Movie Mom

Dirty Dancing (1987) is an iconic and enormously influential film, now scheduled for a remake, directed by the choreographer of the original film.  (We will not discuss the awful sequel, though you should listen to “Wait, Wait…Don’t Tell Me’s” Peter Sagel tell his story about it how he accidentally sort of wrote it.)  Jezebel called “Dirty Dancing” the greatest movie of all time.  The Jewish publication The Tablet has a piece by Stephanie Butnick called “Is Dirty Dancing the Most Jewish Film Ever?

She is speaking of cultural Judaism rather than theological or spiritual Judaism.  Butnick says:

A week ago, I told Eleanor Bergstein, the writer and co-producer of the incredibly popular film Dirty Dancing, that when I first saw the film years ago, I hadn’t realized how heavily influenced it was by Jewish culture. She beamed, as she had the entire evening, and assured me it was a seriously Jewish movie. So Jewish, in fact, that none of the characters ever need to explicitly mention their Jewishness—they’re spending the summer at Kellerman’s resort in the Catskills, after all, and, Bergstein pointed out proudly, milk and meat are never served in the same scene. It’s a Jewish film, she explained, “if you know what you’re looking at.”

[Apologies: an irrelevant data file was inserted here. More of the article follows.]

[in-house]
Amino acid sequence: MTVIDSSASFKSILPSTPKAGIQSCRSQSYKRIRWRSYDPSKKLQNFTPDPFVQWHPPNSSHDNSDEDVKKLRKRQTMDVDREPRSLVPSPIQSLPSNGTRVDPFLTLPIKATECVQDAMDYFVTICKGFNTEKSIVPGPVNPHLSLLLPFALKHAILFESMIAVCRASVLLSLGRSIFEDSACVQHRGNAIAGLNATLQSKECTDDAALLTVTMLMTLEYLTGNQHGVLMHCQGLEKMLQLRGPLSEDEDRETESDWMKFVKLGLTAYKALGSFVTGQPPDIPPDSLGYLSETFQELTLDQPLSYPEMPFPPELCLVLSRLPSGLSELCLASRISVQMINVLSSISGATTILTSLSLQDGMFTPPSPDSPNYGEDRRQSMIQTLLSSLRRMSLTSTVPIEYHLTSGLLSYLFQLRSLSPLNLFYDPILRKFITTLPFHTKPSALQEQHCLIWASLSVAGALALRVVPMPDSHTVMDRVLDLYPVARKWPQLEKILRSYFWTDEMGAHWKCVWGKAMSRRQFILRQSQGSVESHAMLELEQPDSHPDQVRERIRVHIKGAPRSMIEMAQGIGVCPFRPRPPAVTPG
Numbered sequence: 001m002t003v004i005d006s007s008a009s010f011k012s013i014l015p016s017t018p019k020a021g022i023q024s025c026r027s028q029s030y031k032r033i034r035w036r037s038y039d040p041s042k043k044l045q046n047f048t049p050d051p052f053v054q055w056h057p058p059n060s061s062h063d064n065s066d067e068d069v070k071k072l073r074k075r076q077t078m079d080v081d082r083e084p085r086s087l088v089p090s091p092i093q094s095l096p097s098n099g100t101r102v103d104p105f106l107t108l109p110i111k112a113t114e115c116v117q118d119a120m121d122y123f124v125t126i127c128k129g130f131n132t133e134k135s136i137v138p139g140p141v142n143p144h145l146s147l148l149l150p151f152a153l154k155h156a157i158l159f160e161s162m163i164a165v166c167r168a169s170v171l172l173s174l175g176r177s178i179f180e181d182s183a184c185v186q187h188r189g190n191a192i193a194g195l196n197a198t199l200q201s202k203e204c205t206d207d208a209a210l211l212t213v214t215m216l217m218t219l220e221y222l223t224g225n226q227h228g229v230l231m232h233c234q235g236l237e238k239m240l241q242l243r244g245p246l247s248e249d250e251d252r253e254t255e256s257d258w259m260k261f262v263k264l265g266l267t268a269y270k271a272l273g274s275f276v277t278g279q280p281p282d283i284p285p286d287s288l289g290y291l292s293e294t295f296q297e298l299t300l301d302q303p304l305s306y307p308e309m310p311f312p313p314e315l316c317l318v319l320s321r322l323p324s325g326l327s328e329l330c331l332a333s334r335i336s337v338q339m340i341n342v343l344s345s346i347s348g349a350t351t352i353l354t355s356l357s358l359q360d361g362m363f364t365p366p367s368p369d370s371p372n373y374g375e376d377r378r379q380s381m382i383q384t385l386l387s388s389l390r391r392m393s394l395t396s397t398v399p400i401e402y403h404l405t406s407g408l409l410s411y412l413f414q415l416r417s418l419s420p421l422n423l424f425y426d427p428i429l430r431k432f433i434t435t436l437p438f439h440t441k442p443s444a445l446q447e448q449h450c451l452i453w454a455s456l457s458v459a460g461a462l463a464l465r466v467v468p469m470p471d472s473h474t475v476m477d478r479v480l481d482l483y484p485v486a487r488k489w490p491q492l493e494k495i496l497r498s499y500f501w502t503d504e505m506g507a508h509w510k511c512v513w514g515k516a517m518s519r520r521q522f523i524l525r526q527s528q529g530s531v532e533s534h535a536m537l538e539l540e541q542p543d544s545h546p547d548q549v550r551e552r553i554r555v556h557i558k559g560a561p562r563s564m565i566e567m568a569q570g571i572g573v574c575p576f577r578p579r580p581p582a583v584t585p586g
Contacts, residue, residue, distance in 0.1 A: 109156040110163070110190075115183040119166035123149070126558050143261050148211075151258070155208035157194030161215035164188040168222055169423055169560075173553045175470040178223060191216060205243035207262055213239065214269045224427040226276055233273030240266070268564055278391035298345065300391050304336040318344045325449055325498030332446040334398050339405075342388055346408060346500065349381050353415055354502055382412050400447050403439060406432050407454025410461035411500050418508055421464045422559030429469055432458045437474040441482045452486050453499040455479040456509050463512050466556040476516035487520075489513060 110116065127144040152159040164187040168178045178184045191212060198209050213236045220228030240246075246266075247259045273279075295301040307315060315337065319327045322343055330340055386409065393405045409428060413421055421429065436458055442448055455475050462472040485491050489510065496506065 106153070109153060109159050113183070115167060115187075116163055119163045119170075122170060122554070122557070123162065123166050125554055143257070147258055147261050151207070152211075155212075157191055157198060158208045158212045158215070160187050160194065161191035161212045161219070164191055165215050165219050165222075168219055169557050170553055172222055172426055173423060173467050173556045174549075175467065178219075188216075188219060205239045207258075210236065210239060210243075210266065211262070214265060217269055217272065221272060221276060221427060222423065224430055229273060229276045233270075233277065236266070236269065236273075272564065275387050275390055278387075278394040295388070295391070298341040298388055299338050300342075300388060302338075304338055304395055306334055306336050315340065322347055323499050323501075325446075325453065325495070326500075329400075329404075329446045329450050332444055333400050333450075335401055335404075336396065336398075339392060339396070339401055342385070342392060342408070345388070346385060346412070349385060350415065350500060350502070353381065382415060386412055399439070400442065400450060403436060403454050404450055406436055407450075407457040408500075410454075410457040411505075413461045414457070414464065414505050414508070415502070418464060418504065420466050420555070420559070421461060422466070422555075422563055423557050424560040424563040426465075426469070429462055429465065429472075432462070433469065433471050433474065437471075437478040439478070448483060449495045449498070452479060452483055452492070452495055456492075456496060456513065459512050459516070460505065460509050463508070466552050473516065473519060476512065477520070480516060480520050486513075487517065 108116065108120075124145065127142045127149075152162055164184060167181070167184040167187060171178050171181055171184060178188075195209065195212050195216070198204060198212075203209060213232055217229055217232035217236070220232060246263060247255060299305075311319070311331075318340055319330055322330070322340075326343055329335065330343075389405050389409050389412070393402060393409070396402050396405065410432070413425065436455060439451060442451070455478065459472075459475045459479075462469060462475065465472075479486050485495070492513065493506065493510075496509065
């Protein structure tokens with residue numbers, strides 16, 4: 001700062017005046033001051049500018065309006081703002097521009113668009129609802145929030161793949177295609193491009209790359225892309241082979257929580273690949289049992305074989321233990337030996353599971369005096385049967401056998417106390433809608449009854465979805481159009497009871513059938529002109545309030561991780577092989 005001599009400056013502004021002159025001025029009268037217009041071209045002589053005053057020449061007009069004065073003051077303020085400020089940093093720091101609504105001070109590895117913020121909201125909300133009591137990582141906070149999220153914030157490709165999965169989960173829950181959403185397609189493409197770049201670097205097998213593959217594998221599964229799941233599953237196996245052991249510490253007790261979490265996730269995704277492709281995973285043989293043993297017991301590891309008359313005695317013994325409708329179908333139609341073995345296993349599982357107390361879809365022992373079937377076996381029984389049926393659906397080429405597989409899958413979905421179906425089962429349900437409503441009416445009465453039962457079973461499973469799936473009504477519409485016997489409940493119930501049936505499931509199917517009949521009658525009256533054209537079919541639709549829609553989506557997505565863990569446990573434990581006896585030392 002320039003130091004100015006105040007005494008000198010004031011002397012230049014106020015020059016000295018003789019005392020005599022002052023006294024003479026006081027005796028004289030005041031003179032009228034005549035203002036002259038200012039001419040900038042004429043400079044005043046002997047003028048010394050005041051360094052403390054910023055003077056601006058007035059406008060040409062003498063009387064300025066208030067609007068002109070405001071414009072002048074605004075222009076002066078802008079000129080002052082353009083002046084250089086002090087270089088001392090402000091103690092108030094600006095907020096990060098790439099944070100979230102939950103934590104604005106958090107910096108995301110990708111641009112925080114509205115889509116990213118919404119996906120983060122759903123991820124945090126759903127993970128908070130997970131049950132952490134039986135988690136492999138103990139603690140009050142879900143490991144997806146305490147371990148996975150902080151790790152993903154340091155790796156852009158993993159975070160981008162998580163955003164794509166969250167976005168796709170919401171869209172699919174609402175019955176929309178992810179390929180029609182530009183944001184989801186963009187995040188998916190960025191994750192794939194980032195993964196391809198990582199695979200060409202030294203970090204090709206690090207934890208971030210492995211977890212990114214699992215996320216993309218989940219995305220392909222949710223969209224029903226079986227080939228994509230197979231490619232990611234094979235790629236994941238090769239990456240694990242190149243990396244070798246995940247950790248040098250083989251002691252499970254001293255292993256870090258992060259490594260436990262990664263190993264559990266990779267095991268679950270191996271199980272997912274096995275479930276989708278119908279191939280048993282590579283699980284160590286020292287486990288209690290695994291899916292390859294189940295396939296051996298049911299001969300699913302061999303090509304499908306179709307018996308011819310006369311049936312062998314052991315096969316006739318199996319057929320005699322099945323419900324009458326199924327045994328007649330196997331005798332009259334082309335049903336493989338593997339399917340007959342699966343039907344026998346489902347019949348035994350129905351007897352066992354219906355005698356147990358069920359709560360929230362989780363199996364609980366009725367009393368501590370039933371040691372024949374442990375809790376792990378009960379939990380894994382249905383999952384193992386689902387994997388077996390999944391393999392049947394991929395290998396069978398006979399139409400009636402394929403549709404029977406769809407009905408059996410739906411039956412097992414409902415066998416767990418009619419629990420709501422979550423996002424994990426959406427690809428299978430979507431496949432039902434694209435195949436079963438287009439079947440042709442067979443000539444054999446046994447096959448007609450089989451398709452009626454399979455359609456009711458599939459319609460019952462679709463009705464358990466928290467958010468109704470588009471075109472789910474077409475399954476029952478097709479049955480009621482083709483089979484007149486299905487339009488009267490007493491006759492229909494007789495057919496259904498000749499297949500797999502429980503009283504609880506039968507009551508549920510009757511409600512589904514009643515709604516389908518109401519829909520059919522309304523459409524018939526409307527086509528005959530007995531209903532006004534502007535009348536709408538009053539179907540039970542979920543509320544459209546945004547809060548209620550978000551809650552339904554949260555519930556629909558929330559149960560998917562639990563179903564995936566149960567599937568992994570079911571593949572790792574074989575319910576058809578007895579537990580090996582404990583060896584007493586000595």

Calling Dirty Dancing “a very American film,” Bergstein described it as the story of a young girl who took her life in her hands and ran with it, no matter what it cost her. (As Carmon helpfully contextualized long before the screening, “The daughter of the first generation of American Jews to read widespread upper-middle class prosperity, if not elite cultural acceptance, she is swathed in a pre-Kennedy assassination liberalism.”)


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